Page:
- Dark circles are a result of hyperpigmentation or thinning skin beneath the eyes.
- Genetics, lack of sleep and allergies may cause their development.
- Concealers, retinoids and skin lightening treatments can be used to improve their appearance.
- A healthy lifestyle with adequate sleep and nutrition will help reduce dark circles.
Dark circles under the eyes are a result of thinning skin and loss of elasticity, or an abnormal increase in skin pigmentation. Factors such as genetics, poor sleeping habits and inflammation can increase your risk of developing dark circles.
However, preventative measures and treatment options are widely available to keep dark circle development to a minimum.
What Are the Dark Circles Under Your Eyes?
There are two types of dark circles, which present differently and occur for specific reasons. It’s crucial to identify the underlying causes of your dark circles to determine the correct treatment.
Purple circles appear when the color of underlying blood vessels and facial tissues start showing through the thin skin under the eye. It is an inevitable occurrence as the skin thins with age, losing the collagen and fats that keep it thick and firm.
Various factors such as trapped liquid beneath the surface, dilated blood vessels and allergies can also contribute to purplish dark circles.
Brown-colored circles are the result of hyperpigmentation in the skin. They develop as melanin deposits accumulate in the periorbital area around the eyes.
Though more prevalent in certain ethnicities and skin groups, periorbital hyperpigmentation can be triggered through excess sunlight, infections and allergies.
What Causes Dark Circles to Appear Under the Eyes?
Causes for the development of dark circles under the eyes can be divided into three groups: natural, lifestyle, and medical. Dark circles may also be a result of a combination of these factors.
Natural Causes of Dark Circles Under the Eyes
Natural causes of dark circles under the eyes are brought on by the aging process, skin quality and genetics.
Collagen fibers and fats maintain skin’s thickness and elasticity. As skin ages, it can no longer hold these essential proteins and the purple coloration of underlying tissues is revealed.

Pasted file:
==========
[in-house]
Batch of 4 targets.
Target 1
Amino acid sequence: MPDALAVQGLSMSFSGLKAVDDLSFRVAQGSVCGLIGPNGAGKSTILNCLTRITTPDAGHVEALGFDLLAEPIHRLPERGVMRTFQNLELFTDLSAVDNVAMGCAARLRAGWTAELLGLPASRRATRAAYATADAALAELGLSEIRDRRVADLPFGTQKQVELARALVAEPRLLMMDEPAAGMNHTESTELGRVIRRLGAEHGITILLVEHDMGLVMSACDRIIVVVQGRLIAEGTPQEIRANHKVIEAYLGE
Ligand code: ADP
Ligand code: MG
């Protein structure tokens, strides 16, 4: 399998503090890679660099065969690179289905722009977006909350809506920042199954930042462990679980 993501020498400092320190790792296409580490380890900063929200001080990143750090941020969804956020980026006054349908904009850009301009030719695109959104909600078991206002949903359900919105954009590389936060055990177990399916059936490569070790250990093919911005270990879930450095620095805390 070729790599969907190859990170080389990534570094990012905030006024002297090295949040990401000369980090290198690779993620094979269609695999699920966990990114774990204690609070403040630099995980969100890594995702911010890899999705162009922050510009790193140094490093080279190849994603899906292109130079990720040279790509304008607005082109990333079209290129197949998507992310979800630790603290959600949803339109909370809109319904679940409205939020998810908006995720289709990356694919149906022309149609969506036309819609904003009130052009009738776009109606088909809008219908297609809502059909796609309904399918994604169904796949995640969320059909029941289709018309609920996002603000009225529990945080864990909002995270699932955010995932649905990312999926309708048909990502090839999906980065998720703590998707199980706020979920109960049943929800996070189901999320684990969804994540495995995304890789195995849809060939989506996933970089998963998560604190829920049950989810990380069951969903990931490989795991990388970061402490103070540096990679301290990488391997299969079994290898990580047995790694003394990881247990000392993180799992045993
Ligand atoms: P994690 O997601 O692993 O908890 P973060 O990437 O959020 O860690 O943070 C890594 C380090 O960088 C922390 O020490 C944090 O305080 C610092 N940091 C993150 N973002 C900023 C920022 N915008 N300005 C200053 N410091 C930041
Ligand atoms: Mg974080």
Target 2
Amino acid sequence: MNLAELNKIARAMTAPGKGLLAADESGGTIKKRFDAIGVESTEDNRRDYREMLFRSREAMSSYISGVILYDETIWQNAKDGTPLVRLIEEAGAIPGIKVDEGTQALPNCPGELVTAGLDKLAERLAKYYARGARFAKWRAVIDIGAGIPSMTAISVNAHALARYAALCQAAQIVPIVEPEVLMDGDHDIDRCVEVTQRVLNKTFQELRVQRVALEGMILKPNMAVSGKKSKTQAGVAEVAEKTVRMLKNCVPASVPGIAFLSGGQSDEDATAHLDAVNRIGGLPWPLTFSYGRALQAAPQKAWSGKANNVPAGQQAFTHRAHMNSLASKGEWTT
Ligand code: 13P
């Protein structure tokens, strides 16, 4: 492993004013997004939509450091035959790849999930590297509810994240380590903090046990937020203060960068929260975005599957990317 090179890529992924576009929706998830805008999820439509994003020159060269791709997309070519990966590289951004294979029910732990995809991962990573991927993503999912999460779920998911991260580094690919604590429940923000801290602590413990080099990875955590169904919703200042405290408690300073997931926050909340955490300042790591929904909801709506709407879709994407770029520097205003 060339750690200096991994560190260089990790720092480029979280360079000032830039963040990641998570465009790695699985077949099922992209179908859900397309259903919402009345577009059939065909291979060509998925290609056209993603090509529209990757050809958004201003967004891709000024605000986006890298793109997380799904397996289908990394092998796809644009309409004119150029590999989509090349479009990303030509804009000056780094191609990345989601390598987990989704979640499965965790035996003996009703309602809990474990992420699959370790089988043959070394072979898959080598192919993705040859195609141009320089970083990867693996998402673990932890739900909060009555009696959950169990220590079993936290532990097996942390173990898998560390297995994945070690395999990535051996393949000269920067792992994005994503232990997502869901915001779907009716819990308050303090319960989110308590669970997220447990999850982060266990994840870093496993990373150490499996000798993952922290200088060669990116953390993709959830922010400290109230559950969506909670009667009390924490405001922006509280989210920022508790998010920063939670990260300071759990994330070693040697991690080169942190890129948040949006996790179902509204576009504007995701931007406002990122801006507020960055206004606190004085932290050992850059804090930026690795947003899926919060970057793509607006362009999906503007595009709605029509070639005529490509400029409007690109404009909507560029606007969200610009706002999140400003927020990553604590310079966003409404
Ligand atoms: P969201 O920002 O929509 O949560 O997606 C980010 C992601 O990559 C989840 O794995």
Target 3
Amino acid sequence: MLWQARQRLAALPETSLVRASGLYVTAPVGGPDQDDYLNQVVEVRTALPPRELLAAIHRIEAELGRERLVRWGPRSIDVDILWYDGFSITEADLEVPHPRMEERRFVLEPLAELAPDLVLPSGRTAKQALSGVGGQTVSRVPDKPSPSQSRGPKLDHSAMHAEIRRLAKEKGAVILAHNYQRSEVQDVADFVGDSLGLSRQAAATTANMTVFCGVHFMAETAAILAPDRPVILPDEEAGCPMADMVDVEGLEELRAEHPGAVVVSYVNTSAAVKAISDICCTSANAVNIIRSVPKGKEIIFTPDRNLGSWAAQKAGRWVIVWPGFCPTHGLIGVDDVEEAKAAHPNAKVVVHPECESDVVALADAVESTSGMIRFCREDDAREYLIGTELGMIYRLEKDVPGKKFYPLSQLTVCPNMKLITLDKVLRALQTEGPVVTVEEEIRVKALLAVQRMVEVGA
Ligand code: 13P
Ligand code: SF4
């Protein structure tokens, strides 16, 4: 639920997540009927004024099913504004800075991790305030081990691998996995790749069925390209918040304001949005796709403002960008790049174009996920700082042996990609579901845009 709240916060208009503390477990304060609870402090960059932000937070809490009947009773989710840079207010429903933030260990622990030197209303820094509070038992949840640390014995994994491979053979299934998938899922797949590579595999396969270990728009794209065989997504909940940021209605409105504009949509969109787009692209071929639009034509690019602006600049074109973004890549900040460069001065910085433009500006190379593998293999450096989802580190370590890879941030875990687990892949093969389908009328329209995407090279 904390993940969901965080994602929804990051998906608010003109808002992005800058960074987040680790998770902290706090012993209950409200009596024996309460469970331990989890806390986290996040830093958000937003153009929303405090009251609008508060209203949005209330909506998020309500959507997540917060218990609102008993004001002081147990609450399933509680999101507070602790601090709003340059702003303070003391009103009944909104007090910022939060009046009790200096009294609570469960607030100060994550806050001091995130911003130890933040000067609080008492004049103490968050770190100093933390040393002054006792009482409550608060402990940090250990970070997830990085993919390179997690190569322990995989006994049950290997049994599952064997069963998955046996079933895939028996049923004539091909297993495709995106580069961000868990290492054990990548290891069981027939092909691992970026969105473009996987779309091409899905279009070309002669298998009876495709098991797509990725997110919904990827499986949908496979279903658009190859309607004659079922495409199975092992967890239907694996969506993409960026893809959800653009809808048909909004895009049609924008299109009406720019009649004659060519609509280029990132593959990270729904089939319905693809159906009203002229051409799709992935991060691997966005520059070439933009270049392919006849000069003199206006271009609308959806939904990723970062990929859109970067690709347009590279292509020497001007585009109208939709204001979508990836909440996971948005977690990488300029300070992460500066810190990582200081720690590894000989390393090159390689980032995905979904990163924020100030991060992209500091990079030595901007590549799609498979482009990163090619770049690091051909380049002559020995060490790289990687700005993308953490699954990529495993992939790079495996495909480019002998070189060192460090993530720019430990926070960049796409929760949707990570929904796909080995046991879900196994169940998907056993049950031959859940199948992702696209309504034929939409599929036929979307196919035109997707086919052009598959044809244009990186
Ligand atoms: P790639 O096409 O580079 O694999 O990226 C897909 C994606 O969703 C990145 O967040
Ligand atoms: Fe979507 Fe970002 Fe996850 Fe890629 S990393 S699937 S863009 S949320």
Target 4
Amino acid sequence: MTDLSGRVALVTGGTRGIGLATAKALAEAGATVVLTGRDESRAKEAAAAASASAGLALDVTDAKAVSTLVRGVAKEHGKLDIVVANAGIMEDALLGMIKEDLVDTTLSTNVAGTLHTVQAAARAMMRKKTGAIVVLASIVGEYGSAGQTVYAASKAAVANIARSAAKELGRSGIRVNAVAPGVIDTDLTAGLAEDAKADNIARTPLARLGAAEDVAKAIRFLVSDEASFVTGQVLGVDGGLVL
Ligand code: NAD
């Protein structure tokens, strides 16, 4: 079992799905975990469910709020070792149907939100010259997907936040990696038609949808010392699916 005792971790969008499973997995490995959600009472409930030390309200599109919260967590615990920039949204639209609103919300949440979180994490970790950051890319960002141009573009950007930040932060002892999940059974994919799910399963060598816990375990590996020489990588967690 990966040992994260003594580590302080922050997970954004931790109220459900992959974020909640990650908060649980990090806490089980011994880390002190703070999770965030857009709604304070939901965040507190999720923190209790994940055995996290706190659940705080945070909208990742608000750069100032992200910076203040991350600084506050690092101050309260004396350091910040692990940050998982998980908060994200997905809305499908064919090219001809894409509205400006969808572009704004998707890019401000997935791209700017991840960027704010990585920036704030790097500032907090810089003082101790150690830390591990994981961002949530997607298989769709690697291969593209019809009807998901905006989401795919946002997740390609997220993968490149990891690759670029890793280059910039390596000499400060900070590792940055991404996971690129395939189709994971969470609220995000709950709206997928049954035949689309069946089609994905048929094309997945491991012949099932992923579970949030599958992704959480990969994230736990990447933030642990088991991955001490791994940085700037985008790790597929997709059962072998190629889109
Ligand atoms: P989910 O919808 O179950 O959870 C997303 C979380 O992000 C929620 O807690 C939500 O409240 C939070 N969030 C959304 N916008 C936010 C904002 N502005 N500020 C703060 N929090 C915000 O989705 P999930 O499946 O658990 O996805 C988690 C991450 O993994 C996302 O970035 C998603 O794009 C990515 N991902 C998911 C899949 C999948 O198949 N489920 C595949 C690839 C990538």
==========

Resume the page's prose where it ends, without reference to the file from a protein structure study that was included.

Inflammation, hormonal changes, mineral deposits, and skin sensitivity contribute toward the darkening of skin’s natural color beneath the eyes, causing hyperpigmentation.
Hereditary factors such as elevated skin pigmentation, increased melanin deposits and low levels of collagen can contribute to the presence of dark circles.
If you have thicker than average blood vessels under the eyes, they may be more visible, resulting in discoloration beneath the eye.
The structure of your face may also contribute to dark circles. People with deeper tear troughs— the facial depressions that join the lower eyelid and the cheek—may appear to have dark circles that are simply caused by shadow.
Lifestyle Causes of Dark Circles Under Eyes
When considering how to improve dark circles under the eyes, it’s important to be aware of the specific lifestyle factors that can cause them.
Sleep deprivation is the most widely recognized reason for dark circles around the eyes. Fatigue may also may be linked to skin appearing paler than usual, which can contrast against a darker tear trough, making the circles appear more pronounced.
Often associated with premature aging and the deterioration of collagen, there is support for the belief that smoking can hasten and exacerbate dark under-eye circles.
Diet and nutrition
A diet low in vitamin K causes poor blood circulation and may exacerbate dark circles. Excess consumption of salt can contribute to puffiness of the lower eyelid, creating shadows beneath the eye.
Dehydration causes fluids to stagnate, increasing the puffiness of the underlying vascular tissue beneath the eyes. A lack of water in the body also causes skin cells to shrink, revealing the color beneath more easily.
Overexposure to sunlight
Excess sun exposure can lead to an overproduction of melanin, a prime contributor to hyperpigmentation beneath the eyes. Additionally, as the area under the eyes has the thinnest layer of skin on the body, it is the most susceptible to being permanently damaged by UV rays.
A word about prevention
Though lifestyle causes of dark circles can be numerous, they are not difficult to change. This is where preventative action can make a difference in the long term. Eating and sleeping well, drinking enough water and using a hydrating moisturizer on a regular basis can mitigate these causes.
Medical Causes of Dark Circles Under Eyes